For my second course, being in the mood for hearty fare and never known to resist game bird on a menu, I chose the crispy duck leg confit with sherry bacon lentils, frisee and poached egg…

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and Jamjarjude selected the diver scallops, parisienne gnocchi, pork belly, pearl onions, brussels sprouts and mustard sauce. Phew, that’s a mouthful.

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Our lovely waitress, who’s name I was remiss not to have asked, presented us with our wine pairings. Concha Y Toro Carmenere (Chile, 2011) for my duck and Joie Farms Riesling (Naramat, 2011) for the scallops.

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The duck was sublimity on a cloud of lentils, the meat falling off the bone, the lentils made delicious by the sherry and bacon and the little poached quail’s egg a surprising and well-considered addition, it’s creamy yoke adding a lovely gooeyness to the lentils and duck meat. The wine was a clever, clever pairing. It wasn’t only a pleasant accompaniment to the dish, but it’s blackberry/strawberry fruitiness added to the taste experience, which is what a perfect wine paring should do.

Jamjarude’s scallops were perfectly seared and had a melt-in-your-mouth quality which was augmented by the variety of rich flavours and textures offered of the pearl onions, brussels sprouts and gnocchi. The Riesling was light and delicate, a good match for the tender scallops.

Finally, it was dessert time. Yay! Foregoing my usual choice of something chocolate, I chose the baked goat’s cheese cheesecake with a blood orange marmalade and crushed almond topping…

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and Jamjarjude went with the chocolate terrine with smoked salt, olive oil, walnut and beignets…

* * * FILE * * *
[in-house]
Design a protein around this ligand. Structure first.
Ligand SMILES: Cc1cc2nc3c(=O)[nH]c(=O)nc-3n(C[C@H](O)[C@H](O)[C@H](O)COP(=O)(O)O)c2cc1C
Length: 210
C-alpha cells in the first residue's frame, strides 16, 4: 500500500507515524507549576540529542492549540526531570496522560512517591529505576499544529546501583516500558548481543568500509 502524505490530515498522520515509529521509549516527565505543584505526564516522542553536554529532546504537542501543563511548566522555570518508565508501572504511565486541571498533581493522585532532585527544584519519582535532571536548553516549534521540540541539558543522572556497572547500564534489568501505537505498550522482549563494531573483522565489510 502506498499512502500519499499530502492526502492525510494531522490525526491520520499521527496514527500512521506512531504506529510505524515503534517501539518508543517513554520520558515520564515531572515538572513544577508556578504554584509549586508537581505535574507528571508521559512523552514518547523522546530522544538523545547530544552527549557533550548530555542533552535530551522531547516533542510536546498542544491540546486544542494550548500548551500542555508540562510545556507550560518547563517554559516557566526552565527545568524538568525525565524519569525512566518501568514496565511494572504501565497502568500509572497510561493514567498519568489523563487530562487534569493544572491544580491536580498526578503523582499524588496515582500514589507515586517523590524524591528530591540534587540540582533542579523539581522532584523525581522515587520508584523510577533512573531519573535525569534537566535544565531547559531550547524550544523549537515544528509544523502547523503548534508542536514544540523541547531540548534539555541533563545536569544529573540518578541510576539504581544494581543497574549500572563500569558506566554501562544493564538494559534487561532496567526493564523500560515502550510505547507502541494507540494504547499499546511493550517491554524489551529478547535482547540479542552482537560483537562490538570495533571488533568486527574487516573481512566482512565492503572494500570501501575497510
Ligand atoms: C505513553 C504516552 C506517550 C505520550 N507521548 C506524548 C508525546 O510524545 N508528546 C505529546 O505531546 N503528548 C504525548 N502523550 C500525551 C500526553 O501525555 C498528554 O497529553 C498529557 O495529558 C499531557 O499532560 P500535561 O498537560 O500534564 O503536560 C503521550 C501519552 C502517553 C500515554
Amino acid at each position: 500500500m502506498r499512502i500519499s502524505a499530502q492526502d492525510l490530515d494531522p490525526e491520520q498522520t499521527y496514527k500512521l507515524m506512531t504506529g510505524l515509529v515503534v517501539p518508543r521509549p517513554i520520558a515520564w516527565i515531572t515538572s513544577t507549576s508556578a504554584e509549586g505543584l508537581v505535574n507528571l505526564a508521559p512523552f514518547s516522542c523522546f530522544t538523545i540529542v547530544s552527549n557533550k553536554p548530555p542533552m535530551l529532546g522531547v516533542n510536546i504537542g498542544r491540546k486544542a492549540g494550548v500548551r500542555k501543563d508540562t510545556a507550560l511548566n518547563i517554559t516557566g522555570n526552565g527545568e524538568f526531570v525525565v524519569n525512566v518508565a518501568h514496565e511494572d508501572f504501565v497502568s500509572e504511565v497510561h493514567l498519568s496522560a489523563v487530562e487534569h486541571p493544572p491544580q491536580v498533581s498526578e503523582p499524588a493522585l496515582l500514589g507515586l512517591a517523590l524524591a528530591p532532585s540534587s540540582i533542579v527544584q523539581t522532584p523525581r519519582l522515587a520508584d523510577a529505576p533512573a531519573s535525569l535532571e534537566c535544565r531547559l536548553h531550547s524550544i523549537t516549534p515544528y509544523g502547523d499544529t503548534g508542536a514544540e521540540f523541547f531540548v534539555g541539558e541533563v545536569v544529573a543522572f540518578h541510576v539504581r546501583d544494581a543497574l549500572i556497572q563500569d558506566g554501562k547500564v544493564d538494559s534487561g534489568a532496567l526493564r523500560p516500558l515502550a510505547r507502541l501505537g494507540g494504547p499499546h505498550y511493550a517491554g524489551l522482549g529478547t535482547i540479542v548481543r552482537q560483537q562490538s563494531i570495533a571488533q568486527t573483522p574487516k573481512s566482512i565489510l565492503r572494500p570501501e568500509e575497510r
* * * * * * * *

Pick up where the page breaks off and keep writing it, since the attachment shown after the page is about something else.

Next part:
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Our puddings were paired with a really delightful Elysium Muscat from Qady California. In fact, for me the two real star wine pairings of the night were the muscat with the chocolate terrine and the Concha Y Toro with the duck.

All too soon our culinary evening was over…

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…and it was time to pay our bill (thank you, thank you Jamjarjude, you’re the best sister ever — just don’t tell Tootsie) and stagger out into the night, a little plumper but with smiles on our faces.

Dinner for two with the 3 Course Prix Fixe menu and 3oz wine pairings was $57.00 each excluding tip.

*see awesome.



Who knew that cribbage was such a bloodthirsty game? It is when your opponent is my sister Jamjarjude, AKA Crib Ninja.

It all started out so promisingly….

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…things were pretty even as we bolted out of the starting gate, but then on the second deal, Crib Ninja leapt ahead with an incredible score of 18 (Crib Ninja is blue, obviously)….